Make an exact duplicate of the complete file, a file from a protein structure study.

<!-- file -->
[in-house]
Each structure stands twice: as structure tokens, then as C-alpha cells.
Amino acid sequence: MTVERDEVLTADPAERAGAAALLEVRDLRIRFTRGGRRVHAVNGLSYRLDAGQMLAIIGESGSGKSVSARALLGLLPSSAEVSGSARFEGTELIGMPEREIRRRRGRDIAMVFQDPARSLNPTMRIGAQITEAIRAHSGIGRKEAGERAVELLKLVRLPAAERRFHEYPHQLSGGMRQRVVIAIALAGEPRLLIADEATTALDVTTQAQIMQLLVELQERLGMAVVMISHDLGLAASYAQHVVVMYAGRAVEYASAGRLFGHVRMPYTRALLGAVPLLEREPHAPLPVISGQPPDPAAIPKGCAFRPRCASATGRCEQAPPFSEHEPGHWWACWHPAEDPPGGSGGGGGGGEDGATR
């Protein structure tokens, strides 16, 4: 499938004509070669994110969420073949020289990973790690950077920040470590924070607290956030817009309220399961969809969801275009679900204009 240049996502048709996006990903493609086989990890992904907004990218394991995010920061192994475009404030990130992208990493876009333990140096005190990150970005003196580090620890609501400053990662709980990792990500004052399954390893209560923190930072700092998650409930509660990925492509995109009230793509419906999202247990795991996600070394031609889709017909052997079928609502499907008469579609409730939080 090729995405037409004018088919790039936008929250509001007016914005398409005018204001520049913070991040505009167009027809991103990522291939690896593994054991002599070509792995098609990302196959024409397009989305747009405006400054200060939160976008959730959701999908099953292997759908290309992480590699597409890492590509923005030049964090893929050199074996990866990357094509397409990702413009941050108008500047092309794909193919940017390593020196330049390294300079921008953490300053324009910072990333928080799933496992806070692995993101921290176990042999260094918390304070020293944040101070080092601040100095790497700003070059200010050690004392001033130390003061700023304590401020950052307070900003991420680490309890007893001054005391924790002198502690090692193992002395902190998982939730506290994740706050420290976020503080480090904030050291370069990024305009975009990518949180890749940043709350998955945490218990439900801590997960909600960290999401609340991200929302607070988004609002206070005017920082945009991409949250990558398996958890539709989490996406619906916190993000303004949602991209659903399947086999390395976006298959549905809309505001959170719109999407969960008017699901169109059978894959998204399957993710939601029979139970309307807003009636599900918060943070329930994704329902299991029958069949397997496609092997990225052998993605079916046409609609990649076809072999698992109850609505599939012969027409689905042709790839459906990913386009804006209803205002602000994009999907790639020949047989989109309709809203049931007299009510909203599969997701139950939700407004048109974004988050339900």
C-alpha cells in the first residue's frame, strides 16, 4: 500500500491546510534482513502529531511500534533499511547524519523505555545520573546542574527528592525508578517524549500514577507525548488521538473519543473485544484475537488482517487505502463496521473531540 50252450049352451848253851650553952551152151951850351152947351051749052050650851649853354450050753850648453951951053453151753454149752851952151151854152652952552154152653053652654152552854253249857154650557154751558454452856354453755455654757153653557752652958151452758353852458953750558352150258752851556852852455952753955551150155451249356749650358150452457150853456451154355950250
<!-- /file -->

[in-house]
Each structure stands twice: as structure tokens, then as C-alpha cells.
Amino acid sequence: MTVERDEVLTADPAERAGAAALLEVRDLRIRFTRGGRRVHAVNGLSYRLDAGQMLAIIGESGSGKSVSARALLGLLPSSAEVSGSARFEGTELIGMPEREIRRRRGRDIAMVFQDPARSLNPTMRIGAQITEAIRAHSGIGRKEAGERAVELLKLVRLPAAERRFHEYPHQLSGGMRQRVVIAIALAGEPRLLIADEATTALDVTTQAQIMQLLVELQERLGMAVVMISHDLGLAASYAQHVVVMYAGRAVEYASAGRLFGHVRMPYTRALLGAVPLLEREPHAPLPVISGQPPDPAAIPKGCAFRPRCASATGRCEQAPPFSEHEPGHWWACWHPAEDPPGGSGGGGGGGEDGATR
């Protein structure tokens, strides 16, 4: 499938004509070669994110969420073949020289990973790690950077920040470590924070607290956030817009309220399961969809969801275009679900204009 240049996502048709996006990903493609086989990890992904907004990218394991995010920061192994475009404030990130992208990493876009333990140096005190990150970005003196580090620890609501400053990662709980990792990500004052399954390893209560923190930072700092998650409930509660990925492509995109009230793509419906999202247990795991996600070394031609889709017909052997079928609502499907008469579609409730939080 090729995405037409004018088919790039936008929250509001007016914005398409005018204001520049913070991040505009167009027809991103990522291939690896593994054991002599070509792995098609990302196959024409397009989305747009405006400054200060939160976008959730959701999908099953292997759908290309992480590699597409890492590509923005030049964090893929050199074996990866990357094509397409990702413009941050108008500047092309794909193919940017390593020196330049390294300079921008953490300053324009910072990333928080799933496992806070692995993101921290176990042999260094918390304070020293944040101070080092601040100095790497700003070059200010050690004392001033130390003061700023304590401020950052307070900003991420680490309890007893001054005391924790002198502690090692193992002395902190998982939730506290994740706050420290976020503080480090904030050291370069990024305009975009990518949180890749940043709350998955945490218990439900801590997960909600960290999401609340991200929302607070988004609002206070005017920082945009991409949250990558398996958890539709989490996406619906916190993000303004949602991209659903399947086999390395976006298959549905809309505001959170719109999407969960008017699901169109059978894959998204399957993710939601029979139970309307807003009636599900918060943070329930994704329902299991029958069949397997496609092997990225052998993605079916046409609609990649076809072999698992109850609505599939012969027409689905042709790839459906990913386009804006209803205002602000994009999907790639020949047989989109309709809203049931007299009510909203599969997701139950939700407004048109974004988050339900």
C-alpha cells in the first residue's frame, strides 16, 4: 500500500491546510534482513502529531511500534533499511547524519523505555545520573546542574527528592525508578517524549500514577507525548488521538473519543473485544484475537488482517487505502463496521473531540 50252450049352451848253851650553952551152151951850351152947351051749052050650851649853354450050753850648453951951053453151753454149752851952151151854152652952552154152653053652654152552854253249857154650557154751558454452856354453755455654757153653557752652958151452758353852458953750558352150258752851556852852455952753955551150155451249356749650358150452457150853456451154355950250